That’s what the folks at Oxfam and many in the development field are hoping for. But what would that look like?
Many here in New York at looking to Obama to throw some fuel on the fire and lead donor nations toward accountability and responsibility in the final push to reach the MDG’s by 2015. They want him to use his oratory skills to bring a level of urgency to the MDGs, and to explain how poverty affects us all – it undermines our global security, the global economy, and the protection of the rights that we as Americans enjoy. The hope is he will send a clear message to the public, but also to his own government.
Beyond that, most are looking for specifics:
- how will the US step up and raise the game?
- how will his admin make deliberate decisions and choices regarding aid?
- how will the US be accountable?
- how will US foreign policy (esp Iraq, Afghanistan) affect aid?
Those are some big questions and bigger expectations. We’ll see on Wednesday….
Due to the unprecedented nature of the 2008 election, communities of color are being actively sought after and their role and influence scrutinized by the media and political pundits. In an effort to add depth to the national conversation about the important role these communities are playing and will continue to play in ’08 and beyond, the Center for American Progress Action Fund is bringing together noted experts from the Asian American, Latino, Native American, and African American communities to discuss how these communities view this process, how they are working together to advance a common agenda, and about the role voters of color will play in November and beyond.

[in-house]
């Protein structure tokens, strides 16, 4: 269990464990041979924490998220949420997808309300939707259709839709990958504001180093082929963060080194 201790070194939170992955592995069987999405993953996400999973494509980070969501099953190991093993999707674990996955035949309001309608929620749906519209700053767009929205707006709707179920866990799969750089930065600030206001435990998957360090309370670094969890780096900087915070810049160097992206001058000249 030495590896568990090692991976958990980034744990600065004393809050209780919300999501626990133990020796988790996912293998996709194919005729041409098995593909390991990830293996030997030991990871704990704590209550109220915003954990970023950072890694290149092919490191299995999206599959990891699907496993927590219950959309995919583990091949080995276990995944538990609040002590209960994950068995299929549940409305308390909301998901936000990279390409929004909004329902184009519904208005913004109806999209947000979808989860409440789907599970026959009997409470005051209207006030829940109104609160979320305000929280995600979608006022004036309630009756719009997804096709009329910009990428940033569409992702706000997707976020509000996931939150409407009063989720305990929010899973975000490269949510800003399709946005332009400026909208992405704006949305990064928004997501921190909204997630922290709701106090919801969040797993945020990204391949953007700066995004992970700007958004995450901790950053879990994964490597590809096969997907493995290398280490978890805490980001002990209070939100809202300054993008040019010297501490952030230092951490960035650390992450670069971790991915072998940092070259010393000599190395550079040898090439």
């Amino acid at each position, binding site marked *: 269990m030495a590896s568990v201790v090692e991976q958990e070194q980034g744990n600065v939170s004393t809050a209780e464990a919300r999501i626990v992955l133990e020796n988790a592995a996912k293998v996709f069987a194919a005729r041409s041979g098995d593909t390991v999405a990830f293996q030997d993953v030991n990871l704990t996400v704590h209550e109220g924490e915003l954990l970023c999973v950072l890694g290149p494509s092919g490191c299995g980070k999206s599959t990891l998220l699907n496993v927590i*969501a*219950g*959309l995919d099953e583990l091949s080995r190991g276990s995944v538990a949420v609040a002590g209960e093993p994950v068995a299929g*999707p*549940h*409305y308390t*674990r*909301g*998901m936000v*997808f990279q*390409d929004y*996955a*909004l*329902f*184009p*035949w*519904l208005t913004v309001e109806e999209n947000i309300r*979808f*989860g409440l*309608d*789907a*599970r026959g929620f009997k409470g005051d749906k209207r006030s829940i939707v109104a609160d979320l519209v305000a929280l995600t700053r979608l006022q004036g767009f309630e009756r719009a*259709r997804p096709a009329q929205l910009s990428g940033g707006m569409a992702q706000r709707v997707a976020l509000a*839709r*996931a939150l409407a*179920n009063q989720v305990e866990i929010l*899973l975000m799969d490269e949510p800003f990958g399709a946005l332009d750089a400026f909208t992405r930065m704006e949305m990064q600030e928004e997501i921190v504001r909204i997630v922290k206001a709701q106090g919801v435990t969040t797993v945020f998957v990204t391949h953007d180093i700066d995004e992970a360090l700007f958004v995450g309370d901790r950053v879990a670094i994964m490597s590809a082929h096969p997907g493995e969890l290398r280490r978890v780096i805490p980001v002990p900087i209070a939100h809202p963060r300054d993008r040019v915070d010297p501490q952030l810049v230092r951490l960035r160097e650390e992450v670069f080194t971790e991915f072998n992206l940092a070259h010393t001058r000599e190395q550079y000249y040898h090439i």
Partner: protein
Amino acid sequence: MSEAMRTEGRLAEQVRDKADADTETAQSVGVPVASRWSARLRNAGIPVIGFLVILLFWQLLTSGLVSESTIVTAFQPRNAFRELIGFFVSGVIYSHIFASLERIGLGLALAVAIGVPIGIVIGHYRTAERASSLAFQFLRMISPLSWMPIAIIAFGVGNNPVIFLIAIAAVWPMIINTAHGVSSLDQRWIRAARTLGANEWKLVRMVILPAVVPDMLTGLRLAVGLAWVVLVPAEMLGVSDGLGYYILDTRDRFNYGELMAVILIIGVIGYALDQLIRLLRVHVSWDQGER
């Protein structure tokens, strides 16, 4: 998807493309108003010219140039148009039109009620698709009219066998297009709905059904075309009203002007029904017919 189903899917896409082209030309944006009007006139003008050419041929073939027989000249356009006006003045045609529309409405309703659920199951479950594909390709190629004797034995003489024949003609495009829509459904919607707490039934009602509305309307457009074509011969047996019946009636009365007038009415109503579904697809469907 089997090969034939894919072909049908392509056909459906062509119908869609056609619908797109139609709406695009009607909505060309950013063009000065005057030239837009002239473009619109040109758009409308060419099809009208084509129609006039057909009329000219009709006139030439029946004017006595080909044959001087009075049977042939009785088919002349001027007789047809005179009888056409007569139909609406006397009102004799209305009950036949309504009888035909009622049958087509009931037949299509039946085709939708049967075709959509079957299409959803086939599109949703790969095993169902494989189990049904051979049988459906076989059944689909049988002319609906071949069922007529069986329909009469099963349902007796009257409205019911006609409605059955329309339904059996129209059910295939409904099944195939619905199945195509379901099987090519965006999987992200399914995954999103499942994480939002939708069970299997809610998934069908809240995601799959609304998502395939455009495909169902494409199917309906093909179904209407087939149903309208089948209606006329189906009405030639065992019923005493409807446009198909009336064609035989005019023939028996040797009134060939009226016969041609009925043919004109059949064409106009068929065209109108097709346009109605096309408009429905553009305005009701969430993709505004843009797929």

Click here to follow the live blog of this event.
Posted in advocacy, Communications, Politics
Tagged african american, Asian American, campaign, Communications, culture, Democrat, election, Latino, media, Native American, obama, Politics, presidential race, race, race relations, Republican, voters
Politics and Religion come together today in an event at the Center for American Progress. “From the Pulpit to the Polls; The Role of Religion in Politics” will be held today a 12:30 (Eastern). I’ll be live blogging from the event –
you can follow along here.
Make sure to post questions and comments! An “instant replay” will be available after the event ends (at 2:00pm).
Featured panelists include:
E. J. Dionne, Jr, Senior Fellow at the Brookings Institution, syndicated columnist, and author of Souled Out: Reclaiming Faith & Politics After the Religious Right
Amy Sullivan, Nation editor at Time magazine and author of The Party Faithful: How and Why Democrats Are Closing the God Gap
Jim Wallis, President and Executive Director, Sojourners, and author of The Great Awakening: Reviving Faith & Politics in a Post-Religious Right America
Posted in Uncategorized
Tagged CAP, Center for American Progress, christianity, democrats, election, lectures, mitt, obama, Politics, religion, republicans